Sugino writes this caption to her photo, “In Japan, ancestral spirits come back to their families in mid-August every year. People provide rest for the ancestors’ spirits for three days and then send them back by putting them on lanterns to drift down river.”
A disciple of the Buddha wished to release his mother from the realm of suffering. Buddha instructed him to make offerings to his fellow monks on the fifteenth day of the seventh month. The disciple did this and his mother’s release also opened his eyes to her personal history and the sacrifices that she had made for him. Oban became a time in which ancestors and their sacrifices are recognized and appreciated not only through ritual, but by recognizing that tradition through community service and celebration.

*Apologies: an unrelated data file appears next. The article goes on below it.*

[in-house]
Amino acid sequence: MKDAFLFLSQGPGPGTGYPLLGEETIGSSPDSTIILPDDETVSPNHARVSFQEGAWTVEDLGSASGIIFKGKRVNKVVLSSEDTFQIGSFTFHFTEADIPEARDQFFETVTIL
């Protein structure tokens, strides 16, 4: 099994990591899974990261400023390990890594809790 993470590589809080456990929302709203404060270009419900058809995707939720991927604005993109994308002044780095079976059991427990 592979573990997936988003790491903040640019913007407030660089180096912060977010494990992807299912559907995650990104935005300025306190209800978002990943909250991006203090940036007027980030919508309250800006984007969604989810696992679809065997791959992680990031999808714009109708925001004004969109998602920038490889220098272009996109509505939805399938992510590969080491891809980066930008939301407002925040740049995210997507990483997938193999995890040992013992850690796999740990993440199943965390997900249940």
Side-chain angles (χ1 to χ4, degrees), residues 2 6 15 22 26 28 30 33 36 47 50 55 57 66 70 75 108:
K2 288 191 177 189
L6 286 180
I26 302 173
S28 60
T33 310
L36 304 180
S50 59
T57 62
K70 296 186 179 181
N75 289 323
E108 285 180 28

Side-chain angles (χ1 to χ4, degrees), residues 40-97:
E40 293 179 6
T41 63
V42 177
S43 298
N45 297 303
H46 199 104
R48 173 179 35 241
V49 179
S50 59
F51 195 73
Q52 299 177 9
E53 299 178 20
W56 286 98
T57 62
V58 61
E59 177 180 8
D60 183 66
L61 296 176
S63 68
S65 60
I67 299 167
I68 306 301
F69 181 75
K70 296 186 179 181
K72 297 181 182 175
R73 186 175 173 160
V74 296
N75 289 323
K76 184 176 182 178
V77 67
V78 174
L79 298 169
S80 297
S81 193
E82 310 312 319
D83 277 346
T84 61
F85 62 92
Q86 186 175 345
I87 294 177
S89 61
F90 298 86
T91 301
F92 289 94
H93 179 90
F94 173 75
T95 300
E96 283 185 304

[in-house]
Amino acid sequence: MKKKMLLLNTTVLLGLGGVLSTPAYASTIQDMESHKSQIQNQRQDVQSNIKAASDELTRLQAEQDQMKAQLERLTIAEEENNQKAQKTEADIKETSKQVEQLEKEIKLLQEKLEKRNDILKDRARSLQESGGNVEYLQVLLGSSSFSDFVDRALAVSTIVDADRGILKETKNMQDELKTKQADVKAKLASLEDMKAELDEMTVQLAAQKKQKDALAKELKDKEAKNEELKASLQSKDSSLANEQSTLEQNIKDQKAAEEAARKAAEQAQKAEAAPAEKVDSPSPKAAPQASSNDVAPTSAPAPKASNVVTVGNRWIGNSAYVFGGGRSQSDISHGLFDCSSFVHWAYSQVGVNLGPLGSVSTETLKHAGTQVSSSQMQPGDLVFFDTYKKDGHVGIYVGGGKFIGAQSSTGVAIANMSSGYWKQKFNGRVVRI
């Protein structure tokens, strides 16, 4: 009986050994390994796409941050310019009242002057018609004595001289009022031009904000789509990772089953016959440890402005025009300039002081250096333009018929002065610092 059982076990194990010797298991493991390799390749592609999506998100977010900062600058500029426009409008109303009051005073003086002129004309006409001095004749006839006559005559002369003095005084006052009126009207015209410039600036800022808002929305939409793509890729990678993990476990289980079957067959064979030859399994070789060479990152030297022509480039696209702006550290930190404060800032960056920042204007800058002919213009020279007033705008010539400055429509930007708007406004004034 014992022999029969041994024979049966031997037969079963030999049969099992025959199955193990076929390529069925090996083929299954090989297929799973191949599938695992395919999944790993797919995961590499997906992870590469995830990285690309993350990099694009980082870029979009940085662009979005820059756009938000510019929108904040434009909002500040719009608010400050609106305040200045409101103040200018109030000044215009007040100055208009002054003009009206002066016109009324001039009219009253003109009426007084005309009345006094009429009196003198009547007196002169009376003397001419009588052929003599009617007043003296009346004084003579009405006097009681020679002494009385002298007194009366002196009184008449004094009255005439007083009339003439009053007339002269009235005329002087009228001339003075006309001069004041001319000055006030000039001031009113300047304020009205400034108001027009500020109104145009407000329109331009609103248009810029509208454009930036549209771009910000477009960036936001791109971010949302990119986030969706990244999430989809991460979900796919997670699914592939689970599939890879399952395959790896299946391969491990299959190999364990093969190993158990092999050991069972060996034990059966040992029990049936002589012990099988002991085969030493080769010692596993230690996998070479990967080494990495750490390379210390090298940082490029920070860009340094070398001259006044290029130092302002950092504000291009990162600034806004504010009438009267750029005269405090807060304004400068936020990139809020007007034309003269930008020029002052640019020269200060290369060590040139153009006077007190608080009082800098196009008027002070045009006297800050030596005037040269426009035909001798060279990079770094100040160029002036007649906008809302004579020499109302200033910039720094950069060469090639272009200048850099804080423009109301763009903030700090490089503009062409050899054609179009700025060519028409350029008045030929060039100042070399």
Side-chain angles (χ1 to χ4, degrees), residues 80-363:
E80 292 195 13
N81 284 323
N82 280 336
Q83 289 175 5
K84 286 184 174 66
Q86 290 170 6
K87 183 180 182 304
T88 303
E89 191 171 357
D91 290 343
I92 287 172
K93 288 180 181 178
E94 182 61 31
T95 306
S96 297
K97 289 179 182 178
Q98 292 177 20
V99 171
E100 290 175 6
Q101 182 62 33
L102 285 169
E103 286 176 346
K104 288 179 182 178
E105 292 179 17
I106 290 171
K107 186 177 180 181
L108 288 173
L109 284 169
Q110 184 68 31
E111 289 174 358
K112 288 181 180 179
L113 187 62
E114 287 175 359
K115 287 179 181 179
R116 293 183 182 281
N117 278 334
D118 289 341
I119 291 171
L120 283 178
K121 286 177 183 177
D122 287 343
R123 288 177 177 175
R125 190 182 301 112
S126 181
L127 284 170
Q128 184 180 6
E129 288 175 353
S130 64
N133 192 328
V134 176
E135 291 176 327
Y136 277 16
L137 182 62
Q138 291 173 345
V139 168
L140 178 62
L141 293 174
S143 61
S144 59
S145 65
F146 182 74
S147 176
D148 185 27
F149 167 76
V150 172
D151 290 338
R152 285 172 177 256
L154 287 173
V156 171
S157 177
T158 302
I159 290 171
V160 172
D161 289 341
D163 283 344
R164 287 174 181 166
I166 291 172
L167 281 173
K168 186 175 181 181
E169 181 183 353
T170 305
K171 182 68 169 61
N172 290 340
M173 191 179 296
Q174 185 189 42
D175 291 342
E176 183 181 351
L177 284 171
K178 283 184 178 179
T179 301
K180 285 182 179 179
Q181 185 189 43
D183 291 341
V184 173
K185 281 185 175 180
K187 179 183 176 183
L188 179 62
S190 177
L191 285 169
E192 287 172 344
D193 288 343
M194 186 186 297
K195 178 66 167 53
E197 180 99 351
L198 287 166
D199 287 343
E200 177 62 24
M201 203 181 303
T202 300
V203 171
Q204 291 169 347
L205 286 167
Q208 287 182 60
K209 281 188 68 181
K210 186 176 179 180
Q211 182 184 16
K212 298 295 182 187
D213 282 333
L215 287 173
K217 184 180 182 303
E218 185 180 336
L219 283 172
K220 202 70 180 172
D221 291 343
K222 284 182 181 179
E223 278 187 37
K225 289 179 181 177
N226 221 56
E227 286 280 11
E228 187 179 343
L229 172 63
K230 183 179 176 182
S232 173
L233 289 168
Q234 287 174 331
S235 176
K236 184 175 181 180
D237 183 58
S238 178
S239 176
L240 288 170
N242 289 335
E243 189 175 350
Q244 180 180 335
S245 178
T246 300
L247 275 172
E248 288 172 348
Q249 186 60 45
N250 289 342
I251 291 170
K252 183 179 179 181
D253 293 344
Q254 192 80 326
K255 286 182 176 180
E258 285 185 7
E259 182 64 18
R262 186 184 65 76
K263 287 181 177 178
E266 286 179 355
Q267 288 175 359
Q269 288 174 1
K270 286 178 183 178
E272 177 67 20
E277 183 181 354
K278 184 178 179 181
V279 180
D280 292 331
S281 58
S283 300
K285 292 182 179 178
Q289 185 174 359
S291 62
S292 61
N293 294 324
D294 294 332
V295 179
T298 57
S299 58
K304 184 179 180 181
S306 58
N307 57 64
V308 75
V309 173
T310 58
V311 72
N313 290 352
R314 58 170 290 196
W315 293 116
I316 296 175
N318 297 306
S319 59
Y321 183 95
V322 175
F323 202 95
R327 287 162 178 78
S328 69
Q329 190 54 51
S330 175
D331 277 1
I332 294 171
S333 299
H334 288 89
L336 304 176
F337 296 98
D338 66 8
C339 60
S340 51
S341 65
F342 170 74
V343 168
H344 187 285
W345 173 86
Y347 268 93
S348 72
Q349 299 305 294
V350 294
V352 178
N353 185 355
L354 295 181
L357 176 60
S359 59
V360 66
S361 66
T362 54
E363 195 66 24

While it’s true that many cultures participate in some form of ancestor worship, I’ve always thought that ghost lanterns on water, viking ships on fire, and fallen leaves on a stream were the poetic counterpoints to our experience of life.